British film producer Kashif Boothe made a 3 part documentary series titled “What Is Good Hair?” It features black and mixed-race women who choose to rock their natural hair in Great Britain.
In this documentary, they share their experiences, the misconceptions, and whether women who wear weaves, relax or straighten their hair are conforming to European standards.
Personally, I choose to wear a short and sassy haircut with a relaxer, and I have nothing against those that choose to wear their natural hair. In fact, I celebrate it if that’s what makes you feel beautiful.
After viewing part one, I came up with some conclusions of my own about some of the women featured in the film, and their take on rocking their natural hair. Many of the women mentioned hair weave as the alternative to natural hair, and a couple mentioned relaxers, but that their hair got severely damaged in the process. The one-woman that did mention that she loved the versatility of her hair I assumed was American.
It appeared to me that maybe hairstylists in Great Britain might not be as skilled as American hairstylists when it comes to caring for and styling black hair. I recall seeing black models and actresses from that region not having the healthiest looking, or sharply styled hair.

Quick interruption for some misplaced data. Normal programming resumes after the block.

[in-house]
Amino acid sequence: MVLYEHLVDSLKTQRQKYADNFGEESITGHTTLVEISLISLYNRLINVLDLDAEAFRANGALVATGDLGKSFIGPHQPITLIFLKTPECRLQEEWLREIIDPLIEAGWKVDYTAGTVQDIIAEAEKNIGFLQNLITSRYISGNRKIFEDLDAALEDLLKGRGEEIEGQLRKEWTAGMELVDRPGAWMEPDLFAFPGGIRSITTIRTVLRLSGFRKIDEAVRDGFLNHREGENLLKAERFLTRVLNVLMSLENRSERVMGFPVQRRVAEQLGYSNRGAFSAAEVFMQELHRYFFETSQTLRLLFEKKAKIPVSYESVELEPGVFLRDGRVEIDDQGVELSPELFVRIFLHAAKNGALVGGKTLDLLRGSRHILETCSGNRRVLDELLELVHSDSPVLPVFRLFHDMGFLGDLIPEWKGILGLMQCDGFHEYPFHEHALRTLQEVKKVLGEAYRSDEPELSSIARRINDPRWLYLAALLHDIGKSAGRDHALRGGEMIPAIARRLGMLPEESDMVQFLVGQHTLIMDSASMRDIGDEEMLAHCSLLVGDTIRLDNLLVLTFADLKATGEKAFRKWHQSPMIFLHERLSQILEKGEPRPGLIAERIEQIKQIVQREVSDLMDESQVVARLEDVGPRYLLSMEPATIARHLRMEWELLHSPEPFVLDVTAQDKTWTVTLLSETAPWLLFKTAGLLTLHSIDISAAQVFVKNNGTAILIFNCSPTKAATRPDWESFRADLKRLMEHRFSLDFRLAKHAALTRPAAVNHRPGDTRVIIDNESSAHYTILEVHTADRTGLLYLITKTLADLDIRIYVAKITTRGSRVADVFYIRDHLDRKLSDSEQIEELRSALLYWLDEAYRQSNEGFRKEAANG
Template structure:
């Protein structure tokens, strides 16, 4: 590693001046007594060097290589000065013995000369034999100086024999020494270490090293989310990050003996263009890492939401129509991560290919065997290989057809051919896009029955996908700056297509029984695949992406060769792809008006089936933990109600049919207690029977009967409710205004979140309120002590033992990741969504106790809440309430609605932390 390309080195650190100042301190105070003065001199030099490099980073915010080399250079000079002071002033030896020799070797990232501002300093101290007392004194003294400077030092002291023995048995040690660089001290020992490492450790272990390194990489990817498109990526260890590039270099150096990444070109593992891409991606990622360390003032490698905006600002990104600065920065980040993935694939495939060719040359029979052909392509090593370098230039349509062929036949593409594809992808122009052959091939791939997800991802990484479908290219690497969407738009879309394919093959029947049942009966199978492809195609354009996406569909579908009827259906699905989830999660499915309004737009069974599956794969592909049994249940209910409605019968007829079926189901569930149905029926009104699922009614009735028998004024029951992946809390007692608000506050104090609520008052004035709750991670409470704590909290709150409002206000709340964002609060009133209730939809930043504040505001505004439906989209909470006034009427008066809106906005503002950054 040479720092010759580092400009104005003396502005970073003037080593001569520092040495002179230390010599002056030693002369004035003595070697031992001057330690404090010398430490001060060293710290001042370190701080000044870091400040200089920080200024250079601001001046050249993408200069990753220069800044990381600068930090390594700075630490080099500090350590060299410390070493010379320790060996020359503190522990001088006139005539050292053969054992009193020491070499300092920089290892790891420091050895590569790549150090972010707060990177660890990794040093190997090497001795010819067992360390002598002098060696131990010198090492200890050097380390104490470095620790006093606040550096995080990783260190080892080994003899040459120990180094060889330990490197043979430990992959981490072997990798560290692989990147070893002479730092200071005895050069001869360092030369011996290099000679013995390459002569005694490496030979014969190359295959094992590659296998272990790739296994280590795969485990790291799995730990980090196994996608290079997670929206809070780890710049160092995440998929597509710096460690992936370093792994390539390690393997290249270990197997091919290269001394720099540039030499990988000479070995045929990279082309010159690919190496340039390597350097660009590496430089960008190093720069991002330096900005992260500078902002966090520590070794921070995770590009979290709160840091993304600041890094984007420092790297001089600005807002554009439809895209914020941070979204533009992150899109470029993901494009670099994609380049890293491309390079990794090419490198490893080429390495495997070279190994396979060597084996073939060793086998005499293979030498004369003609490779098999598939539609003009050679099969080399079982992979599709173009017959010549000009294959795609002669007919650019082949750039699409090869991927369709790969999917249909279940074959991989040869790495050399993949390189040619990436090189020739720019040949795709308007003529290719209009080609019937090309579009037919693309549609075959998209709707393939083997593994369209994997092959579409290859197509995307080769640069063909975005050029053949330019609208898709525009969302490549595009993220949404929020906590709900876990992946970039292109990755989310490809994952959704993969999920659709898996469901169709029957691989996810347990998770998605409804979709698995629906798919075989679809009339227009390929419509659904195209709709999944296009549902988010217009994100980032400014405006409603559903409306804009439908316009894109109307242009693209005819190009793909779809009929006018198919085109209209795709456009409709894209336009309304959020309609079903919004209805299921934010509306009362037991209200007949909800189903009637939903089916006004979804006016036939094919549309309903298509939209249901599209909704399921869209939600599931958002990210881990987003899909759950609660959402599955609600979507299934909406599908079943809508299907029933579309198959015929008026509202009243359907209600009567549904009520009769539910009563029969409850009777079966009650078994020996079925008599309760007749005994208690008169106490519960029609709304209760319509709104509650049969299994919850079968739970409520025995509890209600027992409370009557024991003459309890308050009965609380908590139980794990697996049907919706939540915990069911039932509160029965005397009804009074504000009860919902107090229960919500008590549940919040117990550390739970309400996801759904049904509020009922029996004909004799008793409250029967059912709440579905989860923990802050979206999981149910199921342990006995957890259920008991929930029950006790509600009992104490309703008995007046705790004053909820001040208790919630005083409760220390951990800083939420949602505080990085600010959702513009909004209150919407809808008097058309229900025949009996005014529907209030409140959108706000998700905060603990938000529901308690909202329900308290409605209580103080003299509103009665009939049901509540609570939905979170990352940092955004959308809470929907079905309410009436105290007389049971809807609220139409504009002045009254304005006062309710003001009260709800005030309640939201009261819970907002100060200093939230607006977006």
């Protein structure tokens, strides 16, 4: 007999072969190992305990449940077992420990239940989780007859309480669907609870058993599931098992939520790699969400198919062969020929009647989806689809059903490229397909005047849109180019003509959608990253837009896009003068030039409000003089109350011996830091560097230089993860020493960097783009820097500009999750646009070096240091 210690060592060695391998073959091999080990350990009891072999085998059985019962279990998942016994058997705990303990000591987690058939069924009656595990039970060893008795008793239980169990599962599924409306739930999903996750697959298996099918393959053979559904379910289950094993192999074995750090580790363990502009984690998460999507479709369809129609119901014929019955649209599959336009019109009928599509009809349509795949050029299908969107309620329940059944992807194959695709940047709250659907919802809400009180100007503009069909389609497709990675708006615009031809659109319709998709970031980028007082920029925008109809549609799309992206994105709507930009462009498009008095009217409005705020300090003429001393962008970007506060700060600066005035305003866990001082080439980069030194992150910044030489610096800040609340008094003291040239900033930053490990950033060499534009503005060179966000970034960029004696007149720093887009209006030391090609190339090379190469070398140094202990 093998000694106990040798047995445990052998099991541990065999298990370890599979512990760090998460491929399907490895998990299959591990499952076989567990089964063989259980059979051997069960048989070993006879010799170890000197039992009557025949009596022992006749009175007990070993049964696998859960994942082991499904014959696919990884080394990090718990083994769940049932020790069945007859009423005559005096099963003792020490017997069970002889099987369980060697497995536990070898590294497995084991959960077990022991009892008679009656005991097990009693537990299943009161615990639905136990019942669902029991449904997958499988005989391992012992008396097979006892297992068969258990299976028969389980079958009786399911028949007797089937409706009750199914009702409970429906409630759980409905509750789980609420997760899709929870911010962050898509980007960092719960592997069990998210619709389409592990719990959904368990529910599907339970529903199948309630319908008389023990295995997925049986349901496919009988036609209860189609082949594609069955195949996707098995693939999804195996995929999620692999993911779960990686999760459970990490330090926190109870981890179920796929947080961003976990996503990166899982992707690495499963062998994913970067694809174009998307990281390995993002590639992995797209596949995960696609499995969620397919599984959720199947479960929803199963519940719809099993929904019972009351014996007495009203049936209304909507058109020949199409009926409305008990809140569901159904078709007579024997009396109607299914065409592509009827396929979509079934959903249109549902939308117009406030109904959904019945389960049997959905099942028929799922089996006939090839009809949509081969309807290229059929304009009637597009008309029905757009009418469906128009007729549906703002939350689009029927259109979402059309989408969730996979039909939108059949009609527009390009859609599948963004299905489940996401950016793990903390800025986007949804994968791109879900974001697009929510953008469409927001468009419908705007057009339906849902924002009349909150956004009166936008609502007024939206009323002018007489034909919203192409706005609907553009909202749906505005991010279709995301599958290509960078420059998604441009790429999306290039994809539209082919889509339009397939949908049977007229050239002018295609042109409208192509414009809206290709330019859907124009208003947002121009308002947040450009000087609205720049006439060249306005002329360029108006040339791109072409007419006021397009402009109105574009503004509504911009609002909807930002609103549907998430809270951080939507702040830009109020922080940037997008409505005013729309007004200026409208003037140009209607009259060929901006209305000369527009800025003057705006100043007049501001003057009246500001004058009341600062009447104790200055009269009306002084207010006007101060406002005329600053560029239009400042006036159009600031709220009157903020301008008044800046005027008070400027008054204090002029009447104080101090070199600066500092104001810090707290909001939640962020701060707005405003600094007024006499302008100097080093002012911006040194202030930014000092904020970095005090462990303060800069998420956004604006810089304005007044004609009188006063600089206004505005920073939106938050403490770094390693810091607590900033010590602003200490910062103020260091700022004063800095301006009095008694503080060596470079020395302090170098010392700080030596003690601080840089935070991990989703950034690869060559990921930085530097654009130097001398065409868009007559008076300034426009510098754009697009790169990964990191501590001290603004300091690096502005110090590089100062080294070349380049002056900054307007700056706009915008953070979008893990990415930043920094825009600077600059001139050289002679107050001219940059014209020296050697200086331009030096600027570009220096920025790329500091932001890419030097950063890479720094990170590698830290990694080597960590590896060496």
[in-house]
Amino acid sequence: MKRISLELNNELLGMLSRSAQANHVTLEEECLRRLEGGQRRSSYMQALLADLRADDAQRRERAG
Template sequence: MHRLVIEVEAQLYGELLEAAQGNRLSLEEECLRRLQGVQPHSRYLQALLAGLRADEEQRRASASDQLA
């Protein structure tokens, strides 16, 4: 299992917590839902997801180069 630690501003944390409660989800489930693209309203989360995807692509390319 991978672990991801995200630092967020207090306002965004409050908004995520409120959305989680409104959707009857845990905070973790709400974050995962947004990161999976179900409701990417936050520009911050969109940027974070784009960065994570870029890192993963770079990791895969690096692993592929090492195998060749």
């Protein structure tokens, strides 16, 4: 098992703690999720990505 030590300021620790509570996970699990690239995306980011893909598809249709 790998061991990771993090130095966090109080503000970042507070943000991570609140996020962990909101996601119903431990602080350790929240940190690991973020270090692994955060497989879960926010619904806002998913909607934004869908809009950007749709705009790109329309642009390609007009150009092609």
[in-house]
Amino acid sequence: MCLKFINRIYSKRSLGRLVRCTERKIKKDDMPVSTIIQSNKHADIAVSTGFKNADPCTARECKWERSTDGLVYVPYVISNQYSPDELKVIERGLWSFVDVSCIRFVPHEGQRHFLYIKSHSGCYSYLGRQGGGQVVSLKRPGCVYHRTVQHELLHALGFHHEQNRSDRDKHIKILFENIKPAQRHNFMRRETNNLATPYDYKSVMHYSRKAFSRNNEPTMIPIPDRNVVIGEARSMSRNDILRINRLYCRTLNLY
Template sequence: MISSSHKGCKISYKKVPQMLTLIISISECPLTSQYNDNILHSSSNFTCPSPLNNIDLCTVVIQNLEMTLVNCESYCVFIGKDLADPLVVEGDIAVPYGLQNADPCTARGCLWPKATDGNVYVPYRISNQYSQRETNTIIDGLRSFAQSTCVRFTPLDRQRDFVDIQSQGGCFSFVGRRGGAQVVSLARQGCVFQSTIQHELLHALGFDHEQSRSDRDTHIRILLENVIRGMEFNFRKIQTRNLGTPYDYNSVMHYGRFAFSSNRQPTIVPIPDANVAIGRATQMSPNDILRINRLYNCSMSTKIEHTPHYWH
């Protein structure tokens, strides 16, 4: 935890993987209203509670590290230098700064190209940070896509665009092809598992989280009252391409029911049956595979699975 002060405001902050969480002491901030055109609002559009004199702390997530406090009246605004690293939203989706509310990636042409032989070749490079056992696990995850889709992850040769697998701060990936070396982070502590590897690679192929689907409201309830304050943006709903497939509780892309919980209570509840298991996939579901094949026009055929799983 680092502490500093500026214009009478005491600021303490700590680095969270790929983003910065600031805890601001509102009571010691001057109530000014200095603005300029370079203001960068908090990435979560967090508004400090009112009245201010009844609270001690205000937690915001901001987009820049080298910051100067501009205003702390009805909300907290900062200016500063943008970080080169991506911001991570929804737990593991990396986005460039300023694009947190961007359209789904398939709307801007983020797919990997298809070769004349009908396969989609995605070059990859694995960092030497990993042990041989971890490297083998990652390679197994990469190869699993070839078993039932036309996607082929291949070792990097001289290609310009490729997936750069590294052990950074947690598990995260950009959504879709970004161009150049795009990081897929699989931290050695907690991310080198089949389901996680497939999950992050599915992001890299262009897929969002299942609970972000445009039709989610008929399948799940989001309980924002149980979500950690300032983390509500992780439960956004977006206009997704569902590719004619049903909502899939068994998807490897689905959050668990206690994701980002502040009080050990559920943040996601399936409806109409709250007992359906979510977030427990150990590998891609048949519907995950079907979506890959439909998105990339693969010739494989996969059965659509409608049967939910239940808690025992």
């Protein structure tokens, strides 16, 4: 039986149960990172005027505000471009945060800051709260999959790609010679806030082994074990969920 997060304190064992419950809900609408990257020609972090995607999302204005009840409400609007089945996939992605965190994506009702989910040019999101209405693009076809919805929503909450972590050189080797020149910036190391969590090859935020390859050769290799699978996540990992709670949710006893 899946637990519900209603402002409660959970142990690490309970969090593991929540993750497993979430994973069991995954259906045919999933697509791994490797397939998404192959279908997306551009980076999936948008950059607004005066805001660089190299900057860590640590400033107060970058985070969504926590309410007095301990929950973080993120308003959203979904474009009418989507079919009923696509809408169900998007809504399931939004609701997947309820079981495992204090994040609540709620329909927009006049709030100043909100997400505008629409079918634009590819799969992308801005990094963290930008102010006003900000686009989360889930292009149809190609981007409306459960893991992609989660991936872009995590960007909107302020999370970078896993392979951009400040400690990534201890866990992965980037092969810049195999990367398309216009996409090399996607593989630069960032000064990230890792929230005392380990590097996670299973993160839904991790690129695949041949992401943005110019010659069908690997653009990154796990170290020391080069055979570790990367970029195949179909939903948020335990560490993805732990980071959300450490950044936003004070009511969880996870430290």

Some of you may think that I am being arrogant in saying this because I am a licensed African American hairstylist, and of course, we think that we are the best in the world, but not one woman mentioned having their hair pressed (physically straightened), texturized (chemically softening the hair for manageability), or natural taming such as twist outs, sister locks, two-strand twists, and a host of other natural alternatives except the American woman.
I don’t agree with the notion that if a woman of color chooses to straighten her hair she is conforming to European standards. The beauty of our hair is the fact that it is so versatile. We can do so many things to it, and it looks beautiful. That is a benefit of “kinky” hair that naturally, straight hair does not possess.
I think if the black women of Great Britain had better alternatives in products, hair education, and skilled professionals, their outlook just might change a little. But that’s just my opinion. Take a look at the video below and tell me what you think. And if you live in the UK, let me know, I’d love to hear what you think and if I’m way off base in my perception of your hair options.
Stay tuned for Part 2 next week.